I like Coca-Cola. All past Coca-Cola slogans aside, I like Coke not because “It’s the Real Thing” or because it’s a “Sign of Good Taste.” I don’t really think “Coke Is It” or “Coke Adds Life.” When I drink Coca-Cola, I never actually believe I’ll “Catch the Wave” or “Taste the Feeling” or that I’ll “Have a Coke and a Smile.” Certainly, I may “Be Really Refreshed” on a hot day if I drink “The Cold, Crisp Taste of Coke,” but I suppose any cola would do that in the warmest of seasons, so I’ve never held up a can of Coke and proclaimed that it was the “Official Soft Drink of Summer.”
Indeed, “Life Tastes Good,” but I don’t need soft drink advertising to convince me of that.
My choice of Coke is more of a vague preference. It felt good to drink a Coke. It’s just been “Always Coca-Cola.”
Madison Avenue types would say the Coca-Cola people were talking to me when they came out with the slogan “What You Want is a Coke,” but, if that’s true, the slogans of other soft drinks would have influenced me as well. For the most part, they haven’t.
Now, I fully understand the enticement of being an enthusiastic member of “The Pepsi Generation.” That generation, of course, is not the oldest generation. No, since Pepsi introduced that slogan in the 1960s, it has been aimed at cola drinkers who wanted to feel young and vibrant. The Pepsi people as much as said so earlier this year when they introduced the “Pepsi Generations” advertising campaign, which looks back toward more than a century of the company’s promotional work.
“Through the decades,” a Pepsi spokesman said, “Pepsi has encouraged consumers to have fun, live out loud and enjoy life to the fullest.”
I try to live life in the greatest amount I can, and I drink “the other cola” occasionally, but I doubt that my enjoyment of life has anything to do with whether I hold a can of Coke or Pepsi.
My preference for Coca-Cola seems to go beyond slogans. It goes beyond the taste of Coke, as well, which some testers say is bolder and less sweet—with a hint of vanilla—compared to Pepsi’s more citrus flavor.
I’m pretty sure that I like Coke because of my grade school basketball coach.
The coach of the parochial team for which I played more than a half-century ago let the players on his team bring our dimes and purchase a bottle of Coca-Cola from the red Coke machine in a corner of the school’s combination gym, cafeteria and auditorium.
You’d probably not be surprised how satisfying a cold Coke could be to hot and thirsty 12- and 13-year-olds. And you’d probably understand how respected and rewarded you would feel when the coach would take time to sit down with his team for a few minutes to laugh and talk about life and sip a Coca-Cola of his own.
It’s a memory that sticks with you.
Perhaps, after all, it really is as one other Coke slogan says.
“When Coca-Cola is a Part of You, You Can’t Beat the Feeling.”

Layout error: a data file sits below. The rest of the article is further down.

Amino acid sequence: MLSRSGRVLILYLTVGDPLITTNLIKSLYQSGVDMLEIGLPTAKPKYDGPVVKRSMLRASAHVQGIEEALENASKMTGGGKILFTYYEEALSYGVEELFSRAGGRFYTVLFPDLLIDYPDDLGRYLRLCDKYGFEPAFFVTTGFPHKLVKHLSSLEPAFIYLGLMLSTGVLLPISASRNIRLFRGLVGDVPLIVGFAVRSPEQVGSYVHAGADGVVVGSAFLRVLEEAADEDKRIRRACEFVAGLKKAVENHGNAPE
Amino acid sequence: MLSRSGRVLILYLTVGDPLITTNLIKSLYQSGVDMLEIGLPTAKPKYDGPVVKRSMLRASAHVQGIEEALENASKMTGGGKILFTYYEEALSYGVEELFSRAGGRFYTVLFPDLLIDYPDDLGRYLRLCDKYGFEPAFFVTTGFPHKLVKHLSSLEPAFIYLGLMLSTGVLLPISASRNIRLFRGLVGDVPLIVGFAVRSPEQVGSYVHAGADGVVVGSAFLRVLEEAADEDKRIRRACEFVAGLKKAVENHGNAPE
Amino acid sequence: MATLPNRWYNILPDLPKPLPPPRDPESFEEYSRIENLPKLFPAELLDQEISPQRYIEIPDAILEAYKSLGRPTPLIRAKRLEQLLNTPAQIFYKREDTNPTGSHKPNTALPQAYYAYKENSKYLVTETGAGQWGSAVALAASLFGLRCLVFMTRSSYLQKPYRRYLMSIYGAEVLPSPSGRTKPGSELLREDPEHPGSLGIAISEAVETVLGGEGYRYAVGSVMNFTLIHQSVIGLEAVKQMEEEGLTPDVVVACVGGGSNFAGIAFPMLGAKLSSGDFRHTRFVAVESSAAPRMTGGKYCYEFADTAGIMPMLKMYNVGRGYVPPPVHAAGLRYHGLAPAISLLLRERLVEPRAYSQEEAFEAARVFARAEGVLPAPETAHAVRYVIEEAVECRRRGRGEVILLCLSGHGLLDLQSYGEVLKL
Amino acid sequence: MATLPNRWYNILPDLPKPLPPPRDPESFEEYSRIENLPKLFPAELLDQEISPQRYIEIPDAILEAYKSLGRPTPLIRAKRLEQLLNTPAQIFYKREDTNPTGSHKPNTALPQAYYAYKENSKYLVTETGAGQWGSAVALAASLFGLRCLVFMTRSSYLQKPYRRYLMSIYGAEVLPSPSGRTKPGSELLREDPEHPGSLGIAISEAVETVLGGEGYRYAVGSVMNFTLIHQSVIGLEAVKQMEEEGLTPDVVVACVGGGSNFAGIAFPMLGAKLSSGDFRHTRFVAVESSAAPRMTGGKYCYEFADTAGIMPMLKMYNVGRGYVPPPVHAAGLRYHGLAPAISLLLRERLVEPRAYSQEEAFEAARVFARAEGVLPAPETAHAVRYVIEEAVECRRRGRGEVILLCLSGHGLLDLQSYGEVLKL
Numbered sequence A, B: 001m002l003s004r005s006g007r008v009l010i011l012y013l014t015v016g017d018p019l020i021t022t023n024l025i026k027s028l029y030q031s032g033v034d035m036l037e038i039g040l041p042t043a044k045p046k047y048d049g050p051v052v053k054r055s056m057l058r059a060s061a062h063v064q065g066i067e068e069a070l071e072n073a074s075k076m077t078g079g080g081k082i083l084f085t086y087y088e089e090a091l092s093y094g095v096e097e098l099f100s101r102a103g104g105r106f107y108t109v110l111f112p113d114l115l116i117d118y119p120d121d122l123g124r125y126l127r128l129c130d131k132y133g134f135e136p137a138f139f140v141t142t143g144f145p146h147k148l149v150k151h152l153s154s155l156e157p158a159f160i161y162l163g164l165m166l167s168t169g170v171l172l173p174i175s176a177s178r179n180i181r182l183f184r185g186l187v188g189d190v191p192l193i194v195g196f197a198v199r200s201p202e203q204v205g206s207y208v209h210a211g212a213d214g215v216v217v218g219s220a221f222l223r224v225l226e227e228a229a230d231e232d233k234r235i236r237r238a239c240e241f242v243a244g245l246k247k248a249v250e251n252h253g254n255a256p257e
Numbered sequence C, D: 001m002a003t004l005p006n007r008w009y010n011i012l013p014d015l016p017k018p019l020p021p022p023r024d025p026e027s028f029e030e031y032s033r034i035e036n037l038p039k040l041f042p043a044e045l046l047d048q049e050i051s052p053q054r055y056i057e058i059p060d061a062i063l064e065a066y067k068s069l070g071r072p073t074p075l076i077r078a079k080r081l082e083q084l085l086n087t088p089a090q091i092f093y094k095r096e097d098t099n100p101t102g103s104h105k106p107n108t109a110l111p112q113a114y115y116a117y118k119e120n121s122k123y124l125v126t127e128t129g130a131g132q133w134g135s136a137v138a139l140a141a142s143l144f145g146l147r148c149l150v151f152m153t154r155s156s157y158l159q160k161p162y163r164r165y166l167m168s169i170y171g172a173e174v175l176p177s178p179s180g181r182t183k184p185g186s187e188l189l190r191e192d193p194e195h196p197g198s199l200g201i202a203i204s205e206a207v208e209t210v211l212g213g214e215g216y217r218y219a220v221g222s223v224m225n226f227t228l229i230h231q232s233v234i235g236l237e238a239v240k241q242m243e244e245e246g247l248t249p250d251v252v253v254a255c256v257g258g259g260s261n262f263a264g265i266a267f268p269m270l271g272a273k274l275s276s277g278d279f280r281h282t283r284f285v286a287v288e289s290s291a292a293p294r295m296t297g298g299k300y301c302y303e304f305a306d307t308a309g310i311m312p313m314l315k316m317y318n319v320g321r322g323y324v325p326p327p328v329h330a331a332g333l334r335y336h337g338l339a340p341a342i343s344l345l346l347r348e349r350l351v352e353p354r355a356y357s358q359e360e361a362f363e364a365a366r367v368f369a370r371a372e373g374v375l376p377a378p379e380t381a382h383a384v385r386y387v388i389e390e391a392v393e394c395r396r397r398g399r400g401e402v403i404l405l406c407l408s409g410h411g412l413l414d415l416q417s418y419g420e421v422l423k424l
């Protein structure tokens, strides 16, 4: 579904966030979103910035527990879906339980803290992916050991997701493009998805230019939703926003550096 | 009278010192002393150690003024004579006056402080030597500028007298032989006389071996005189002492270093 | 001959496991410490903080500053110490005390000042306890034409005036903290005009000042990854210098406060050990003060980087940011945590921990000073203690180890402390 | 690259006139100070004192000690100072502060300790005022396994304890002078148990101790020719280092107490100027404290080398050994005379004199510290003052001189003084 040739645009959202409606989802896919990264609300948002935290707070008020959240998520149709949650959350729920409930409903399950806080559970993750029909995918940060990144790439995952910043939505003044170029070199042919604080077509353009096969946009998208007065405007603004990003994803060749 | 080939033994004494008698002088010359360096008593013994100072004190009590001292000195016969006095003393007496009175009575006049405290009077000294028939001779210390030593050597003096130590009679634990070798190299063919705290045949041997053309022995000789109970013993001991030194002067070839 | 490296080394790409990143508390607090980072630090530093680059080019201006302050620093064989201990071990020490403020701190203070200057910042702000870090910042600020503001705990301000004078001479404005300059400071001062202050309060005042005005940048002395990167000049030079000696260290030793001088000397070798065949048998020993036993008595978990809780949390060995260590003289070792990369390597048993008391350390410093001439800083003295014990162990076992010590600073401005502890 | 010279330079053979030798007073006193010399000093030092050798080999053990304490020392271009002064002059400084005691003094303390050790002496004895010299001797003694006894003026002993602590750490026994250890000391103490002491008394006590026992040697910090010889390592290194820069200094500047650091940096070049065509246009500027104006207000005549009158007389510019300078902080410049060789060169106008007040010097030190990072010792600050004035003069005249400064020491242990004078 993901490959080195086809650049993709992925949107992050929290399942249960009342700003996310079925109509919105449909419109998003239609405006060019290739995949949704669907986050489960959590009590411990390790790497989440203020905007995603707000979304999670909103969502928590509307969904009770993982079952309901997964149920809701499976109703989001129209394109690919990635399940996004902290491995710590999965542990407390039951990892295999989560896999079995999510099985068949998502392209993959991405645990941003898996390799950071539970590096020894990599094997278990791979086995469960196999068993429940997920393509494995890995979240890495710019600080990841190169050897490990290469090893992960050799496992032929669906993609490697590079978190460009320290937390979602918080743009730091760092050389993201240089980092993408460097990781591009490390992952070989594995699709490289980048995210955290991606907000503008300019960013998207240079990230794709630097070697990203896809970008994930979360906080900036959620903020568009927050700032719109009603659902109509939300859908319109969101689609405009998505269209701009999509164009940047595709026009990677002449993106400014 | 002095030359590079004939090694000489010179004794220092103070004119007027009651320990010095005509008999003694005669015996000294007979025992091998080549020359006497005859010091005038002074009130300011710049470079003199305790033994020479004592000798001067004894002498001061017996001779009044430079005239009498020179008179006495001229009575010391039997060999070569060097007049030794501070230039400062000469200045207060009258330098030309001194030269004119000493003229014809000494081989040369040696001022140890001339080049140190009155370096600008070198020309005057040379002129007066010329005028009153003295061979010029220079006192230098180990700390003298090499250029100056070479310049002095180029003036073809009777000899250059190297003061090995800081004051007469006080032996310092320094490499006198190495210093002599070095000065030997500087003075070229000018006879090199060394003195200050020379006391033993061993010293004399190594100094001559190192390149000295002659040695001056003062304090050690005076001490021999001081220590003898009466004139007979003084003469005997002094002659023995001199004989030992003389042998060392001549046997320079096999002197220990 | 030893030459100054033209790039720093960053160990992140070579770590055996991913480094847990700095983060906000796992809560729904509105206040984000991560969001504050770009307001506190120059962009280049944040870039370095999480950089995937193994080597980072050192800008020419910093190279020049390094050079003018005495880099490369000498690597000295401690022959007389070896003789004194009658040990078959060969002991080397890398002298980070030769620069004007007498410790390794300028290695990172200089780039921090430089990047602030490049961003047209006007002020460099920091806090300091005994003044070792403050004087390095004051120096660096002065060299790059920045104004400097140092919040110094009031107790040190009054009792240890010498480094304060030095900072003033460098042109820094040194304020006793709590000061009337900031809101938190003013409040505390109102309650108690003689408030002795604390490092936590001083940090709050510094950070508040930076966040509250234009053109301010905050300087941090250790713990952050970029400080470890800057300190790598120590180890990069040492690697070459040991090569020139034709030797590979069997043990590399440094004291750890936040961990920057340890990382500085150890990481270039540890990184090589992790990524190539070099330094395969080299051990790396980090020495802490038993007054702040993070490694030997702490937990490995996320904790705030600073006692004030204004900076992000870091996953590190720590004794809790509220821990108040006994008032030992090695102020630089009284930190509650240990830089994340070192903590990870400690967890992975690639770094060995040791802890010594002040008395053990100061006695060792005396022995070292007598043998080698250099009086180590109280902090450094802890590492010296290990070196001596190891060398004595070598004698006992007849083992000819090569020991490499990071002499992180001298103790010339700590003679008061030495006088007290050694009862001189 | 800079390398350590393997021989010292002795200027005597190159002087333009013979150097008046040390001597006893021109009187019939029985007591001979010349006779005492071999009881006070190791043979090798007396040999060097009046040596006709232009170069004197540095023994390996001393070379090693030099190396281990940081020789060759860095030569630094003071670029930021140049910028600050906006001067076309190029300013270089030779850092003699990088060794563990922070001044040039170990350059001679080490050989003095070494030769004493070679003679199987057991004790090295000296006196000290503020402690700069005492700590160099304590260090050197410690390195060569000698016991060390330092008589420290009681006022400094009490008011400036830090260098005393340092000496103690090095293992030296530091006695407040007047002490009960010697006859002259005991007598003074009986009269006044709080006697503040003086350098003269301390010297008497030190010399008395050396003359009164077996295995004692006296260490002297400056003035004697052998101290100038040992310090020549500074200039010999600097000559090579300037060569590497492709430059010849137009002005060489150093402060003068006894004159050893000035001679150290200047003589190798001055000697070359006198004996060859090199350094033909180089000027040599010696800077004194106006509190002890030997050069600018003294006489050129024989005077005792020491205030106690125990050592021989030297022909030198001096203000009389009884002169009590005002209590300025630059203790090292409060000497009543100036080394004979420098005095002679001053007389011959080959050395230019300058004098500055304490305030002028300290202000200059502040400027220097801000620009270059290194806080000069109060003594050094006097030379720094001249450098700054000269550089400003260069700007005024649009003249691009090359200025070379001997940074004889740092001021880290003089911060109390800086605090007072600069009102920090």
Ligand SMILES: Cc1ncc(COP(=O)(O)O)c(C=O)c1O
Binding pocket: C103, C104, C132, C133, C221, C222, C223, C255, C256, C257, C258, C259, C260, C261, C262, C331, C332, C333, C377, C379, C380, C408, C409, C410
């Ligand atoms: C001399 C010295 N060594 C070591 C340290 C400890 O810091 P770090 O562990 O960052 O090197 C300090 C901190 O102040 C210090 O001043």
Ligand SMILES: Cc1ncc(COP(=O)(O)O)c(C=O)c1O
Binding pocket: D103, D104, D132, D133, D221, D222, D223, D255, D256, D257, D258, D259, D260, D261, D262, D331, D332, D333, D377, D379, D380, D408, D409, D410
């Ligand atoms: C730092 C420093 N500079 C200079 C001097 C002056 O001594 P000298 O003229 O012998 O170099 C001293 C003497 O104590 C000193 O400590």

I’m not a big pop drinker. If I’m out to dinner, I opt for water with lemon. But if I am going to indulge in a little bubbly—of the carbonated variety—I reach for Pepsi.
Don’t tell my dad, or my mom or my fiancé. My dad’s garage is decked out in Coca-Cola decor—buttons, signs, bottles, you name it.
And my mom could have bought stock in
Coca-Cola when I was growing up. Diet Coke was her drink of choice and still is. My dad would stock both the home fridge and garage fridge with Diet Coke just for her when I was growing up. I think her addiction may have subsided a little in recent years.
Lastly, my fiancé also is an avid Diet Coke drinker—one of the things he and my mom instantly bonded over. Anytime we’re at a restaurant, he’s drinking Diet Coke.
So it might seem awful for me to be supporting the opposing team. But I just never have seen the appeal of Coca-Cola. Pepsi is where it’s at. The syrupy goodness of a Pepsi just can’t be beat. Something about it tastes so much more refreshing than Coke.
In my opinion, Coca-Cola has a bitter quality to it and leaves a bad aftertaste, where as Pepsi tastes smoother. And I’m going to have to side with Pepsi, especially for the fact that it is the manufacturer of one of my childhood favorites: Mountain Dew. Not to mention Mountain Dew Code Red and all the other varieties—yum!
After checking out the website to gather information to further debate that Pepsi is better, I realized that Pepsi also is the manufacturer of KeVita, which I’m drinking a bottle of right now. Side note: If you’re looking for a good probiotic drink or kombucha, you can’t go wrong with KeVita.
Lipton tea is another favorite of mine and is one of many in the very long list of products made by Pepsi. Add Sobe Life Water to the list and Starbucks bottled drinks. I think I’ve made my point. Coca-Cola just can’t compete.
We’re siding with Kelsey this month.
While Gary had a very touching anecdote about drinking Coca-Cola with his coach as a young boy, Kelsey told us of the many products Pepsi has to offer—many of which are very popular, ahem, Starbucks. So we’re going to have to give it to her this month based on the facts she presented.